Enslaved African-Americans performed most of the South’s productive agricultural work before the Civil War. After slavery was prohibited by the 13th Amendment in 1865, plantation owners needed a new labor source. The initial attempt came through Black Codes, laws that applied only to African-Americans. States could legally force people convicted of crimes to work. The Republican-dominated Congress, in response, passed the 14th Amendment, requiring equality under the law and rendering the Black Codes unconstitutional. With the federal government watching, Southern landowning elites embraced the sharecropping system. Under this arrangement, the former slaves would receive payment for growing crops. In return, landowners had access to a large labor supply. As newly freed persons, African-Americans had few resources. This stark reality played a hand in making the sharecropping arrangement of the 1800s less than fair for the workers.


Sharecroppers grew crops on a plot of land provided by the owner. The usual contract allowed the sharecropper to purchase seed, equipment and other supplies on credit from the landowner. After the harvest, the two parties would settle the account, subtracting the items purchased from the profit. Widespread anecdotal evidence implies most former slaves never earned enough to pay off their debts. The result was a cycle of poverty that mired many in the African-American community.

Freedmen’s Bureau

The national government created the Freedmen’s Bureau to aid the freed slaves and poor Southern whites left ravaged by the war. A central duty of the agency was negotiating labor contracts. Leaders prevented owners from enacting harsh punishments, such as whippings, on African-American workers. Nevertheless, freedom of contract ruled the day. Under this 19th-century legal theory, every person was free to decide his own working arrangements. As a result, the Freedmen’s Bureau usually stepped in only when sharecroppers requested its help.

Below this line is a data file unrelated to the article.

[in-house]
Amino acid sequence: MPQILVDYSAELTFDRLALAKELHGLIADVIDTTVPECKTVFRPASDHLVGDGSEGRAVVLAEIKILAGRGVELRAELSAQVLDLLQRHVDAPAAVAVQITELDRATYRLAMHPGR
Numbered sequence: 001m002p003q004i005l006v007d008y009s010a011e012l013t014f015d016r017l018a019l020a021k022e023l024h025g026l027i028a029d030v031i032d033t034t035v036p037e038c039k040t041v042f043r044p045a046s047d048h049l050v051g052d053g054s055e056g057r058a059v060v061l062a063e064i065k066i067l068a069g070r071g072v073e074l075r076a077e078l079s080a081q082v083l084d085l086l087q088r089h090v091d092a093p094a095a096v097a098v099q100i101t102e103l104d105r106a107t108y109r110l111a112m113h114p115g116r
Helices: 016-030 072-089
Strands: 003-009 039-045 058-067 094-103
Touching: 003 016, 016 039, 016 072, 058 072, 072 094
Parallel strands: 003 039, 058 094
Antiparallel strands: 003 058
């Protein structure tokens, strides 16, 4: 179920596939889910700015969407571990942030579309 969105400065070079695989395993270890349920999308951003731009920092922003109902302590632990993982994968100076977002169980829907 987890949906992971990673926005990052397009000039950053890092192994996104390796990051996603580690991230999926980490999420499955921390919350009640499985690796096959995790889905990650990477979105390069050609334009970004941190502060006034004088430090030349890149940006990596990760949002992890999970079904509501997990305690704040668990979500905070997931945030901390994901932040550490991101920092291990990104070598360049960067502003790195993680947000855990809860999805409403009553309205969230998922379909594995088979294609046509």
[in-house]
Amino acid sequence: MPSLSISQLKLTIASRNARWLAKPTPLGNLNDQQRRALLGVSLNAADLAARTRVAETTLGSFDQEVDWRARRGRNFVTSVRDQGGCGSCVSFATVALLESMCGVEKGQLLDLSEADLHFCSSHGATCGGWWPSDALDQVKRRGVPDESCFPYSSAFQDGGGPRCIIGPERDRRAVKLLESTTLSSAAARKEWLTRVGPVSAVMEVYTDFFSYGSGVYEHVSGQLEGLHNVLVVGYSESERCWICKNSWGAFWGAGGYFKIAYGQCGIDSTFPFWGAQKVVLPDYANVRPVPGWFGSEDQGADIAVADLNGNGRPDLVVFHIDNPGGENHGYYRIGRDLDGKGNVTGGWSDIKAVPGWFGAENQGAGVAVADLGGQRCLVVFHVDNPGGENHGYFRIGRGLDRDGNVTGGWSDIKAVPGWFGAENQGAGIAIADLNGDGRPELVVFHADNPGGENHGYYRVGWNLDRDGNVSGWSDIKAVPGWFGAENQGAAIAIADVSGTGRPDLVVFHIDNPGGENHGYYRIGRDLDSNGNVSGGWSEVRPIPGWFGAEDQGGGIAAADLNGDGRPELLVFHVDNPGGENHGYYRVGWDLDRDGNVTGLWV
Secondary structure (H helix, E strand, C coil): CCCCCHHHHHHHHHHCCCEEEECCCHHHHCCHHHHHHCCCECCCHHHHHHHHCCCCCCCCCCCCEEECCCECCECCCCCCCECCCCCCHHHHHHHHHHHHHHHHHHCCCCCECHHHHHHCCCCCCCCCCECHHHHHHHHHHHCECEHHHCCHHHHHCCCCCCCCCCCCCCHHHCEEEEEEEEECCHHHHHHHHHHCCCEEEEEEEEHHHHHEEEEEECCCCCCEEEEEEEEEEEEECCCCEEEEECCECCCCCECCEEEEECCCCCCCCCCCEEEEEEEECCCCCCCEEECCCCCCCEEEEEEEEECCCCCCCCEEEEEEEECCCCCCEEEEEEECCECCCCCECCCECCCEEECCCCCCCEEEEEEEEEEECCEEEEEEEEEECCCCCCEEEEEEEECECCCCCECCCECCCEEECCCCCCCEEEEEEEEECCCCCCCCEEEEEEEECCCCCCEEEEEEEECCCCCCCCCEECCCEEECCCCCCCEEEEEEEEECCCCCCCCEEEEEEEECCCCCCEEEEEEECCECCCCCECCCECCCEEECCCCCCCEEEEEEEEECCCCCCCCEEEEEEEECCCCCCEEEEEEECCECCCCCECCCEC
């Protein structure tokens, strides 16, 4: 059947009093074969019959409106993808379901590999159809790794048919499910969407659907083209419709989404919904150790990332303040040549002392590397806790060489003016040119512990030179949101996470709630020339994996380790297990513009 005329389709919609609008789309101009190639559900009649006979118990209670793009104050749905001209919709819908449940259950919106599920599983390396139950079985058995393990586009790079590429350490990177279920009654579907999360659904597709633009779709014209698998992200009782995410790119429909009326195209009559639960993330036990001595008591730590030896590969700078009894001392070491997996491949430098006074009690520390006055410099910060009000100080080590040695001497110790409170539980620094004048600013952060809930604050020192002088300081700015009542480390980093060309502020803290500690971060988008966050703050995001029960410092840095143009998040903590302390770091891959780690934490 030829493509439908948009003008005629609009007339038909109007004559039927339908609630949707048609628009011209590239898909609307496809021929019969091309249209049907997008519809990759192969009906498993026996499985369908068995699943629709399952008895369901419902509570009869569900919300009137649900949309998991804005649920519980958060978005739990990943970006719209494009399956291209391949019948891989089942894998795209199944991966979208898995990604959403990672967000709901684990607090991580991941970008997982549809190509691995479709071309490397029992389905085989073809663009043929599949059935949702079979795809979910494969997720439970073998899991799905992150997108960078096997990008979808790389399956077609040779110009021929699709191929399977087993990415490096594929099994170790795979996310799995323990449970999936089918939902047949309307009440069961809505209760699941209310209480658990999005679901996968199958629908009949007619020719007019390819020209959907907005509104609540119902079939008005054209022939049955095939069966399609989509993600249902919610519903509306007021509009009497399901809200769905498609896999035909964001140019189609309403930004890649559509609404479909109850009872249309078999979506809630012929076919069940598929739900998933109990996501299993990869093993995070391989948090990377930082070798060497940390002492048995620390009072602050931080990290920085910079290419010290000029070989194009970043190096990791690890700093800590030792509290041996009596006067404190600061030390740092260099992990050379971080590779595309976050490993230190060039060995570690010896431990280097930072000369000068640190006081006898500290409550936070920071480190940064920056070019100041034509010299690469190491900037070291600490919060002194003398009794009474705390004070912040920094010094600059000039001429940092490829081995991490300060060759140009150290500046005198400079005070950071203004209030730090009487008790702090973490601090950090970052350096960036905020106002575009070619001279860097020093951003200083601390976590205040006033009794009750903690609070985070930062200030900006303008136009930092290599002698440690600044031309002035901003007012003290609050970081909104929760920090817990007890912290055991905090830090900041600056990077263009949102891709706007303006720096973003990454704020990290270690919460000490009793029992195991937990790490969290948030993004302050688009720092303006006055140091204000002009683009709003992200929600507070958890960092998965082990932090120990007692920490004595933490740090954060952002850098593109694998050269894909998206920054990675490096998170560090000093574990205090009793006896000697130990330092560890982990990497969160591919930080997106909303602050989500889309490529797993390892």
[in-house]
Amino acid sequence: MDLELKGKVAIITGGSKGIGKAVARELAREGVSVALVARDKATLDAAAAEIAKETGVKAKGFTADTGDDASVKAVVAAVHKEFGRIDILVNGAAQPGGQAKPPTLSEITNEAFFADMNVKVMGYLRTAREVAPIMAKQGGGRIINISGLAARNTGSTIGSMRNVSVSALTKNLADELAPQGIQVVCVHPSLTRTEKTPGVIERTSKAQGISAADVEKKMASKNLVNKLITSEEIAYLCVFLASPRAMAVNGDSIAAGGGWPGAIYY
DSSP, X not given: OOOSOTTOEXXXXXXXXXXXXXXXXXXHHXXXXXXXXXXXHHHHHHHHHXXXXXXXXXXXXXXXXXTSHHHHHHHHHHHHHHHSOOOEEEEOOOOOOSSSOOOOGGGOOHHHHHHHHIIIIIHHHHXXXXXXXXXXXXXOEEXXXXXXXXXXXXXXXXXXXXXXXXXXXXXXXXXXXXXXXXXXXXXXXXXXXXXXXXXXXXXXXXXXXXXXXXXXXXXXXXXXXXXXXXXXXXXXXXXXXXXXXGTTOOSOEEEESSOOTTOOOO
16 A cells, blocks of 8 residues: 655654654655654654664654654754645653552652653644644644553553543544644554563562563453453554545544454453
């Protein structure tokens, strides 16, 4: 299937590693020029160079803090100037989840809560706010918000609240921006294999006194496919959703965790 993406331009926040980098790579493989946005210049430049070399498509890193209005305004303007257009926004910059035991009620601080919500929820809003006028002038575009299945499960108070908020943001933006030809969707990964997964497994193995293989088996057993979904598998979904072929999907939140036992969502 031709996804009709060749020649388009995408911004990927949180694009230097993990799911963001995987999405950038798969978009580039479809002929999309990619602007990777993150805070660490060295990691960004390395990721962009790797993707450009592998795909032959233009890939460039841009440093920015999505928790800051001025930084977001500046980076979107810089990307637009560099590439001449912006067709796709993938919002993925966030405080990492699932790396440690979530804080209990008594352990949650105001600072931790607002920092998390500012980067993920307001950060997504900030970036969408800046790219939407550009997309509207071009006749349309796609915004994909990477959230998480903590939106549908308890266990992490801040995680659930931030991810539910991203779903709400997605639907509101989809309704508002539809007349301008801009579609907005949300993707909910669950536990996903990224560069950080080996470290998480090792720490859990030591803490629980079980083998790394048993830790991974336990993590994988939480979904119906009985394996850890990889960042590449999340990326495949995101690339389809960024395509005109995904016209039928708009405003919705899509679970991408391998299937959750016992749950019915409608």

Agricultural Ladder

Not all sharecroppers viewed their occupation in a negative light. Instead, there was a sense of optimism in the post-Civil War South. Elites promulgated a myth that those who worked hard could one day achieve success and attempted to explain how to rise from the bottom to the top of society. Sharecroppers could hope to save enough money to one day become an actual rent-paying tenant.

Peonage System

The mechanism that kept sharecroppers from leaving before settlement day was the peonage system. Enacted throughout the South, these laws made it a crime to break a labor contract. African-Americans and poor whites who absconded from their farm assignments faced capture, return and imprisonment. Once convicted under a peonage law, the sharecropper would then have to work as an unpaid servant for the state or his previous landowner to pay off the debt and court fines. This system would continue practically unabated through the remainder the 1800s. The Department of Justice would finally end widespread debt peonage in the 1940s.